Marketing folk already know that building a community in today’s world typically refers to building an online community. Online communities are an essential piece of any good marketing strategy, and many companies use social media to accomplish this.

However, I still believe that an online community is only one piece of the overall marketing puzzle. Moreso (and I can already see the skeptical eyebrows raising), I believe that a company’s online community is just another piece of its offline community.

Allow me to explain…

Different Communities, Different Approaches

No matter how large your online community is, it’s important to remember that each “user” online represents a REAL person on this side of cyberspace. I’ve had a lot of experience building communities, and each one is really different.

The Awesome Mitten

My Michigan-based website, The Awesome Mitten, is a 100% online community driven by a love of a physical place. While the community thrives online, it very much has a physical presence IRL.

When building The Awesome Mitten’s offline community, we first reach people online, then activate them to take offline actions. (This is more like a traditional business’s approach: build a base online, then activate them to make an physical decision, like visit a store.)

For example, we’ve run large campaigns to activate people to take actions in the physical space (offline). For example, last summer, we ran the #MIAwesomeList campaign. Think of this campaign as the ultimate “Top 10 Things to Love About Michigan” list… on steroids.

The Awesome Mitten team reported on a curated list of “50 things we think everyone should experience in Michigan this summer.” We covered everything: picnicking at Pyramid Point, cycling down the scenic Little Traverse Wheelway, catching a movie at a modern drive-in theater, seeing the sites at the Michigan state capitol, even getting a taste of Michigan’s own Short’s Brewing Company.

We were able to motivate people to go outside and explore the awesome places around Michigan, and then return to talk about the experience online. This campaign also managed to get the support of local Michigan-based companies. With customer and company support, the entire campaign was able to build an offline community that ultimately spilled back into the online community.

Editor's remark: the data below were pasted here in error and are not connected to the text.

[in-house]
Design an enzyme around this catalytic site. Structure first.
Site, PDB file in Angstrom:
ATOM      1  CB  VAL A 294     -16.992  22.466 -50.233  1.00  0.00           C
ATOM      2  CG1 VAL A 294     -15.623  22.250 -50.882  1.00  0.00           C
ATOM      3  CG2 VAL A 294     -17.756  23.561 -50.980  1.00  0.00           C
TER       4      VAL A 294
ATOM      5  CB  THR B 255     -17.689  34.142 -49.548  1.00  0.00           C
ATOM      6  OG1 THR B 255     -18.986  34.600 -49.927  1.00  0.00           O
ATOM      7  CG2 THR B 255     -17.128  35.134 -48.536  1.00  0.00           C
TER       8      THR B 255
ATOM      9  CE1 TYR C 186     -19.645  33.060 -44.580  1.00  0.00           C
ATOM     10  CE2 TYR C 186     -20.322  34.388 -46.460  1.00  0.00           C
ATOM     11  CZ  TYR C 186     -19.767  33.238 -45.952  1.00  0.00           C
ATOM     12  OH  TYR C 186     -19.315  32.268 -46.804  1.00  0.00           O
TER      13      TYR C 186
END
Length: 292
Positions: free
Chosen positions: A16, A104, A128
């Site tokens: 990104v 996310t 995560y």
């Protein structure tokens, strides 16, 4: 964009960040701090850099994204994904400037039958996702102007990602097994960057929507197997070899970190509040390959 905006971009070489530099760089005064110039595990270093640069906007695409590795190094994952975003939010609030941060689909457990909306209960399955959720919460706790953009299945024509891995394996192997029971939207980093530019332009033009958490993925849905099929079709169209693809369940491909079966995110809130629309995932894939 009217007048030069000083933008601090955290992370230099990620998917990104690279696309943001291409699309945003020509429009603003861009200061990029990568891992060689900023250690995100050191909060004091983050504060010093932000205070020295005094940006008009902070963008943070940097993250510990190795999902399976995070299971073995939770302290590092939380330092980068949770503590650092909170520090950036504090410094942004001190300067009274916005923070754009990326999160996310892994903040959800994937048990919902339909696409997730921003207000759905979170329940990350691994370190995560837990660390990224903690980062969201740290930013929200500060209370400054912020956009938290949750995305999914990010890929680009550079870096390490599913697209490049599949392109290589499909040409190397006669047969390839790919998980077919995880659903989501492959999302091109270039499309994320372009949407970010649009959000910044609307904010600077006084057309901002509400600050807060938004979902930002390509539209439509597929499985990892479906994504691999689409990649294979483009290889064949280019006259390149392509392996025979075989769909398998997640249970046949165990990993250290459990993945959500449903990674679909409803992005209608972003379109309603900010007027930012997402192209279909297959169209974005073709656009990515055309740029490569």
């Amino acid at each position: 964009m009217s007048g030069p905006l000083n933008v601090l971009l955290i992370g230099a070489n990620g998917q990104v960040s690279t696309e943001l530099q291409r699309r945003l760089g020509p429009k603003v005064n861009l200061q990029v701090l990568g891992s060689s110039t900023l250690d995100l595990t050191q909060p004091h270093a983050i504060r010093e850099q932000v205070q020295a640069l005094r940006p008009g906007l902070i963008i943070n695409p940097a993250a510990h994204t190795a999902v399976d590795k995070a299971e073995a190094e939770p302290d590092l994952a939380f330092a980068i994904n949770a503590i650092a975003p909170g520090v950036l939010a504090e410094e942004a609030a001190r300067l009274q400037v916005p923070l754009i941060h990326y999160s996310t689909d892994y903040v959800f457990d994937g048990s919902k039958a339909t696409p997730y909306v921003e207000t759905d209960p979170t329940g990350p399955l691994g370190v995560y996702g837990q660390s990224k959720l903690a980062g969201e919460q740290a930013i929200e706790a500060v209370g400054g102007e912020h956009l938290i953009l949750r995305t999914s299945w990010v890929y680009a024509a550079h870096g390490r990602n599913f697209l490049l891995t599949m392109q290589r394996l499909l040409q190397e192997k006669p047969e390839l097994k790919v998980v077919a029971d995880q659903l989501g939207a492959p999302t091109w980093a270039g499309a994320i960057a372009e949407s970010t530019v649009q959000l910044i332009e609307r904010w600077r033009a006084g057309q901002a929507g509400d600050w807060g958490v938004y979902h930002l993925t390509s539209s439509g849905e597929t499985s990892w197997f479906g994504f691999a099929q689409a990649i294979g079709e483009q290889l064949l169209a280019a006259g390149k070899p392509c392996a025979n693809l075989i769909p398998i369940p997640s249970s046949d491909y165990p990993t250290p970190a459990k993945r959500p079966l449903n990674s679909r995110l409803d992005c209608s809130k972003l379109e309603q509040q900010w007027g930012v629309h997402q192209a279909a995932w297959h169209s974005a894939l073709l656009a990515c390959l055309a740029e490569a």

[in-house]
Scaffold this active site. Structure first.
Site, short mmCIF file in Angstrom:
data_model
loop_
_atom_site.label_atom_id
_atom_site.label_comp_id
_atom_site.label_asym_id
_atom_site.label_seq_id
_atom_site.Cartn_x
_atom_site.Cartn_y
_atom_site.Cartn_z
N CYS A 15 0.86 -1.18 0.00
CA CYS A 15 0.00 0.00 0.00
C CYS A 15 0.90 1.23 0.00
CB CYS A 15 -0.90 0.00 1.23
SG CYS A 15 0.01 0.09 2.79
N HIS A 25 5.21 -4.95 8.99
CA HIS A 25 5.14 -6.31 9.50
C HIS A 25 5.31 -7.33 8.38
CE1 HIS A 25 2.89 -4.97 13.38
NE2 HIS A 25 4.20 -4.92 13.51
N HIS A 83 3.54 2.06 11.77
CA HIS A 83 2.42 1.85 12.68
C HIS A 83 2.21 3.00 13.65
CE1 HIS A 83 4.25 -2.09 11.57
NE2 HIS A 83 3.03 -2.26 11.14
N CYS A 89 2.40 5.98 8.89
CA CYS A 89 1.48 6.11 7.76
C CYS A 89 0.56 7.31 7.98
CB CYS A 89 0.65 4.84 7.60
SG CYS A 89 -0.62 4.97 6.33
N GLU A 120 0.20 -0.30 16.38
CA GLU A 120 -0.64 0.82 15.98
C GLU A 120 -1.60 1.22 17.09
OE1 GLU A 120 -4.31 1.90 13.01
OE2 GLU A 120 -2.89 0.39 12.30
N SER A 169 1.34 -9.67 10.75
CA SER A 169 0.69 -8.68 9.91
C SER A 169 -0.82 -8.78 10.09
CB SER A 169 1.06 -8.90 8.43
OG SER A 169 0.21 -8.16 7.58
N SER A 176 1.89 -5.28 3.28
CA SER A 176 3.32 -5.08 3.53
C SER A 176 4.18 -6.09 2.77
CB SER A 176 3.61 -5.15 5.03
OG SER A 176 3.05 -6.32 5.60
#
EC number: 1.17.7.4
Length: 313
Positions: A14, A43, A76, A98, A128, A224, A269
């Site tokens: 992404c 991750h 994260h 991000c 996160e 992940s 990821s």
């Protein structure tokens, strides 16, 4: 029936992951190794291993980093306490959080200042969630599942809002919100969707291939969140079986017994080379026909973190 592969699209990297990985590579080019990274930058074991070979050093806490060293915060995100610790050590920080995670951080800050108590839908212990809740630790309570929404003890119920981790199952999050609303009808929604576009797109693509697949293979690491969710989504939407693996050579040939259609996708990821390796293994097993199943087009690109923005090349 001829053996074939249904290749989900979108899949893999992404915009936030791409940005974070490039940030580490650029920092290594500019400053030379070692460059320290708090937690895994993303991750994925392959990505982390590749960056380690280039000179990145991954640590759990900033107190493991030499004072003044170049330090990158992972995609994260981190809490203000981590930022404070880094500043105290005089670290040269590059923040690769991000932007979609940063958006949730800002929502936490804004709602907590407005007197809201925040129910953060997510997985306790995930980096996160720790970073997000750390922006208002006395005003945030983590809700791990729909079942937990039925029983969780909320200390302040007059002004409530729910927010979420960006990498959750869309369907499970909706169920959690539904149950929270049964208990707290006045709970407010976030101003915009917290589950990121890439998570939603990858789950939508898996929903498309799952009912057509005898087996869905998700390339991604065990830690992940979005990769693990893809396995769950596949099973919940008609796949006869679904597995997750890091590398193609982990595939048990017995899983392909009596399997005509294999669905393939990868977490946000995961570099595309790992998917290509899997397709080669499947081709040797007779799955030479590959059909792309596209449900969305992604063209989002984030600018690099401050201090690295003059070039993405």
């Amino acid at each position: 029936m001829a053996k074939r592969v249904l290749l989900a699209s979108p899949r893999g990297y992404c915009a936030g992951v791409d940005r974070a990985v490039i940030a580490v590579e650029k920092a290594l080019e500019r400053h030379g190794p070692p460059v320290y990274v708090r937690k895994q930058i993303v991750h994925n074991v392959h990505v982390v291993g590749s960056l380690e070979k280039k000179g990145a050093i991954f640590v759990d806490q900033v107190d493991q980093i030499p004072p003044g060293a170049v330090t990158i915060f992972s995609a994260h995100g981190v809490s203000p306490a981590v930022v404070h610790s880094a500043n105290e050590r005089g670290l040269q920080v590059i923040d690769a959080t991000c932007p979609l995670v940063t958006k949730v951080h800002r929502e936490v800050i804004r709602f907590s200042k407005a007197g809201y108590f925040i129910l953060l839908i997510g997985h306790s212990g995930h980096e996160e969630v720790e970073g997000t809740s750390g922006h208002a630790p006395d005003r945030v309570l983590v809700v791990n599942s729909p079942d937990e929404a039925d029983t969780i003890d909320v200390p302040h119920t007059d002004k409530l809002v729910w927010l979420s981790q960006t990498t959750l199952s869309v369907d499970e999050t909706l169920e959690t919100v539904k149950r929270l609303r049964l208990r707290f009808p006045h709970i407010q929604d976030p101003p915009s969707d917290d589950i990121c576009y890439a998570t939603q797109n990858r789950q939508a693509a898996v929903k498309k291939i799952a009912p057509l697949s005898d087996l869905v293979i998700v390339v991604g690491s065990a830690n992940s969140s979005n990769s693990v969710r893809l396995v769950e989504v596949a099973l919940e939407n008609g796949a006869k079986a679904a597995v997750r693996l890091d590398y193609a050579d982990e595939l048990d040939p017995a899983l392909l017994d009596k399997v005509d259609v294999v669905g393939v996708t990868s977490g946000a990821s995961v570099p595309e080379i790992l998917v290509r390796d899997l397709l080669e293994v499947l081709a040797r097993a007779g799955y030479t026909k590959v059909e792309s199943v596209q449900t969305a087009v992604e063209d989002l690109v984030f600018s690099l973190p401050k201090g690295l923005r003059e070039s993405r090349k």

Especially with regards to tourism and the best state ever (#SorryNotSorry), folks like to share their IRL positive experiences online. The numbers of social media reflected the offline influence with 1,634 total hashtag entries and an average of 2,508 engagements per post on Instagram.

OfficeNinjas

With OfficeNinjas, a San Francisco-based community of executive assistants, office managers, and admins, we worked to augment their robust online community with large-scale events like Admin Bash and IRL events, as well as smaller, local meetups like Adminglings.

Both types of offline events work to do the same thing the OfficeNinjas brand does online: connect ninjas, educate, and reward! These events are infused with crazy energy, a little bit of sass, great vendors, innovative speakers, and AWESOME swag bags (with swag admins will actually use).

As opposed to the fairly linear approach to community building for The Awesome Mitten, for OfficeNinjas, building the community both online and offline is cyclical:

  • People discover us through our events and then join the community online, or…
  • People join the community online and then attend one of our events

As you can see, different organizations with different audiences and goals require naturally different methods for building their offline communities.

Why is Building an Offline Community Crucial?

If you’ve made it to this point, I imaging that the skeptical eyebrows going back down.

Short answer:

It’s because your customers are IRL people! They’re not digital people. You (and the business you’re building a community for) want IRL conversions to reach your IRL ROI’s.

Long answer:

  • Digital is only a piece of the marketing pie. A good marketing strategy should contain many pieces, with your digital presence only being one piece of it.
  • Customers and community members WANT to engage IRL. They want deeper, more meaningful engagements with their brands (especially those Millennials).
  • Offline communities make a brand seem more human. Your brand will get better feedback, more committed customers, and more opportunities to connect with your audience.
  • Customers/community members are more likely to convert to brand advocates if they have has multiple touch points. You want brand advocates to get more positive word-of-mouth marketing.

Offline communities are a key piece for building brand awareness and increasing conversions in the long run. For more community building and marketing tips, subscribe to my newsletter!

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